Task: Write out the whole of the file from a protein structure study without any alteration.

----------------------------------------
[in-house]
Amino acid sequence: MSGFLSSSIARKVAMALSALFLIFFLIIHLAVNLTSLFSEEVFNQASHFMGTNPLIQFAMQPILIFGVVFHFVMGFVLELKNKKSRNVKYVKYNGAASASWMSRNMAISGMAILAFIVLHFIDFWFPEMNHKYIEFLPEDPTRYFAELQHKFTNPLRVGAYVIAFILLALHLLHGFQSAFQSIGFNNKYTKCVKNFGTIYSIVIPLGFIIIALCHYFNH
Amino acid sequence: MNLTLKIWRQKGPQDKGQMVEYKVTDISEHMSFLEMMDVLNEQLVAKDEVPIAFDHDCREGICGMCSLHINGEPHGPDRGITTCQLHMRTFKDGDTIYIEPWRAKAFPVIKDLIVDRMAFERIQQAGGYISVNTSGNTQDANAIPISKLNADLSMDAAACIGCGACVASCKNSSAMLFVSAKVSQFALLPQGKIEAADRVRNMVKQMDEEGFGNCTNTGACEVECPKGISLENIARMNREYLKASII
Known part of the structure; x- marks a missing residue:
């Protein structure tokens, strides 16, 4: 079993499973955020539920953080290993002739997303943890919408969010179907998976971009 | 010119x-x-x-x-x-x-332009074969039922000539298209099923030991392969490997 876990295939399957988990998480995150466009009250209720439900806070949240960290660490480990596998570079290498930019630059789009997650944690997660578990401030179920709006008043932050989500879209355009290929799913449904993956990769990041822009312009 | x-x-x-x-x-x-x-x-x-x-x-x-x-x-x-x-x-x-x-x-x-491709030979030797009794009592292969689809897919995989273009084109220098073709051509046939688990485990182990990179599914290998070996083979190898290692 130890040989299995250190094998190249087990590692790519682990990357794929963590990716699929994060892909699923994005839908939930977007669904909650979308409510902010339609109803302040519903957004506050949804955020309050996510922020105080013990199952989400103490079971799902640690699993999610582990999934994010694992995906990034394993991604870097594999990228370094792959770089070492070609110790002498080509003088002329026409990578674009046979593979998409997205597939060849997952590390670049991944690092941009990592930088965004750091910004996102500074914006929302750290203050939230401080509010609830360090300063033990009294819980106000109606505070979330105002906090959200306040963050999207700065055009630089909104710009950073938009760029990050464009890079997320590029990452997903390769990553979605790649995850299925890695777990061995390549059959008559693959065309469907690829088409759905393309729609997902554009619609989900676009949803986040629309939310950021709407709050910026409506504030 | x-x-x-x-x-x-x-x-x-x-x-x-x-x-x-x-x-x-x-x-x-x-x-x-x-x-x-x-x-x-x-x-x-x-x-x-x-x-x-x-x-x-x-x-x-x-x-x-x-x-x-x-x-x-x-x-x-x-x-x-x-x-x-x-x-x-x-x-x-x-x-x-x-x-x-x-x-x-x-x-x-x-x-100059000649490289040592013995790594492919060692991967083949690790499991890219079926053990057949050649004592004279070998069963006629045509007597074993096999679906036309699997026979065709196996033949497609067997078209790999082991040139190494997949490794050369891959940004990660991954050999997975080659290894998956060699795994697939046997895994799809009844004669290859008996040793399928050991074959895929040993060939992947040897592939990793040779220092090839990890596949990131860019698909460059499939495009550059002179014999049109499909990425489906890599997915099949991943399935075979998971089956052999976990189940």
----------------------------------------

[in-house]
Amino acid sequence: MSGFLSSSIARKVAMALSALFLIFFLIIHLAVNLTSLFSEEVFNQASHFMGTNPLIQFAMQPILIFGVVFHFVMGFVLELKNKKSRNVKYVKYNGAASASWMSRNMAISGMAILAFIVLHFIDFWFPEMNHKYIEFLPEDPTRYFAELQHKFTNPLRVGAYVIAFILLALHLLHGFQSAFQSIGFNNKYTKCVKNFGTIYSIVIPLGFIIIALCHYFNH
Amino acid sequence: MNLTLKIWRQKGPQDKGQMVEYKVTDISEHMSFLEMMDVLNEQLVAKDEVPIAFDHDCREGICGMCSLHINGEPHGPDRGITTCQLHMRTFKDGDTIYIEPWRAKAFPVIKDLIVDRMAFERIQQAGGYISVNTSGNTQDANAIPISKLNADLSMDAAACIGCGACVASCKNSSAMLFVSAKVSQFALLPQGKIEAADRVRNMVKQMDEEGFGNCTNTGACEVECPKGISLENIARMNREYLKASII
Known part of the structure; x- marks a missing residue:
């Protein structure tokens, strides 16, 4: 079993499973955020539920953080290993002739997303943890919408969010179907998976971009 | 010119x-x-x-x-x-x-332009074969039922000539298209099923030991392969490997 876990295939399957988990998480995150466009009250209720439900806070949240960290660490480990596998570079290498930019630059789009997650944690997660578990401030179920709006008043932050989500879209355009290929799913449904993956990769990041822009312009 | x-x-x-x-x-x-x-x-x-x-x-x-x-x-x-x-x-x-x-x-x-491709030979030797009794009592292969689809897919995989273009084109220098073709051509046939688990485990182990990179599914290998070996083979190898290692 130890040989299995250190094998190249087990590692790519682990990357794929963590990716699929994060892909699923994005839908939930977007669904909650979308409510902010339609109803302040519903957004506050949804955020309050996510922020105080013990199952989400103490079971799902640690699993999610582990999934994010694992995906990034394993991604870097594999990228370094792959770089070492070609110790002498080509003088002329026409990578674009046979593979998409997205597939060849997952590390670049991944690092941009990592930088965004750091910004996102500074914006929302750290203050939230401080509010609830360090300063033990009294819980106000109606505070979330105002906090959200306040963050999207700065055009630089909104710009950073938009760029990050464009890079997320590029990452997903390769990553979605790649995850299925890695777990061995390549059959008559693959065309469907690829088409759905393309729609997902554009619609989900676009949803986040629309939310950021709407709050910026409506504030 | x-x-x-x-x-x-x-x-x-x-x-x-x-x-x-x-x-x-x-x-x-x-x-x-x-x-x-x-x-x-x-x-x-x-x-x-x-x-x-x-x-x-x-x-x-x-x-x-x-x-x-x-x-x-x-x-x-x-x-x-x-x-x-x-x-x-x-x-x-x-x-x-x-x-x-x-x-x-x-x-x-x-x-100059000649490289040592013995790594492919060692991967083949690790499991890219079926053990057949050649004592004279070998069963006629045509007597074993096999679906036309699997026979065709196996033949497609067997078209790999082991040139190494997949490794050369891959940004990660991954050999997975080659290894998956060699795994697939046997895994799809009844004669290859008996040793399928050991074959895929040993060939992947040897592939990793040779220092090839990890596949990131860019698909460059499939495009550059002179014999049109499909990425489906890599997915099949991943399935075979998971089956052999976990189940």